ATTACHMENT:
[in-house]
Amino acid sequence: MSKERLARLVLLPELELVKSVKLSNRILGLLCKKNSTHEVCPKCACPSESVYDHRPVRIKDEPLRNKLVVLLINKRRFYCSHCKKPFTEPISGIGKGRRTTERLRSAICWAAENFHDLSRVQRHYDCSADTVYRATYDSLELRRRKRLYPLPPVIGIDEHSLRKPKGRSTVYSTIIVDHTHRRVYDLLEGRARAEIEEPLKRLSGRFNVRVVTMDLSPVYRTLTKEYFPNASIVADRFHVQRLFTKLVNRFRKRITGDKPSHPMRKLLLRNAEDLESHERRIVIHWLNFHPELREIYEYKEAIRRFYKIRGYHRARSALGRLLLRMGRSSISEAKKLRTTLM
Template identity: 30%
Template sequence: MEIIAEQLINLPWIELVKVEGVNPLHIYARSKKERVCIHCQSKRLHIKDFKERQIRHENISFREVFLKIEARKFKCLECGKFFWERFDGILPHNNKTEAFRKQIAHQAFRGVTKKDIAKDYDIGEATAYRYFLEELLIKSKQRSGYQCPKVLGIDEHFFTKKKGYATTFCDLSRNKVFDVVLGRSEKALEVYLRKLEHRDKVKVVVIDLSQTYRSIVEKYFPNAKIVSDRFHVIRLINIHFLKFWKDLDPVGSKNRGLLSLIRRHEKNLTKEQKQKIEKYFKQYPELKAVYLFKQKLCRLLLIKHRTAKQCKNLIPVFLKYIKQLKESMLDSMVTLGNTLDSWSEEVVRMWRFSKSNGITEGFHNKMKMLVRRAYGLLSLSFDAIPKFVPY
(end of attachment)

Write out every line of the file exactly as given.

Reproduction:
[in-house]
Amino acid sequence: MSKERLARLVLLPELELVKSVKLSNRILGLLCKKNSTHEVCPKCACPSESVYDHRPVRIKDEPLRNKLVVLLINKRRFYCSHCKKPFTEPISGIGKGRRTTERLRSAICWAAENFHDLSRVQRHYDCSADTVYRATYDSLELRRRKRLYPLPPVIGIDEHSLRKPKGRSTVYSTIIVDHTHRRVYDLLEGRARAEIEEPLKRLSGRFNVRVVTMDLSPVYRTLTKEYFPNASIVADRFHVQRLFTKLVNRFRKRITGDKPSHPMRKLLLRNAEDLESHERRIVIHWLNFHPELREIYEYKEAIRRFYKIRGYHRARSALGRLLLRMGRSSISEAKKLRTTLM
Template identity: 30%
Template sequence: MEIIAEQLINLPWIELVKVEGVNPLHIYARSKKERVCIHCQSKRLHIKDFKERQIRHENISFREVFLKIEARKFKCLECGKFFWERFDGILPHNNKTEAFRKQIAHQAFRGVTKKDIAKDYDIGEATAYRYFLEELLIKSKQRSGYQCPKVLGIDEHFFTKKKGYATTFCDLSRNKVFDVVLGRSEKALEVYLRKLEHRDKVKVVVIDLSQTYRSIVEKYFPNAKIVSDRFHVIRLINIHFLKFWKDLDPVGSKNRGLLSLIRRHEKNLTKEQKQKIEKYFKQYPELKAVYLFKQKLCRLLLIKHRTAKQCKNLIPVFLKYIKQLKESMLDSMVTLGNTLDSWSEEVVRMWRFSKSNGITEGFHNKMKMLVRRAYGLLSLSFDAIPKFVPY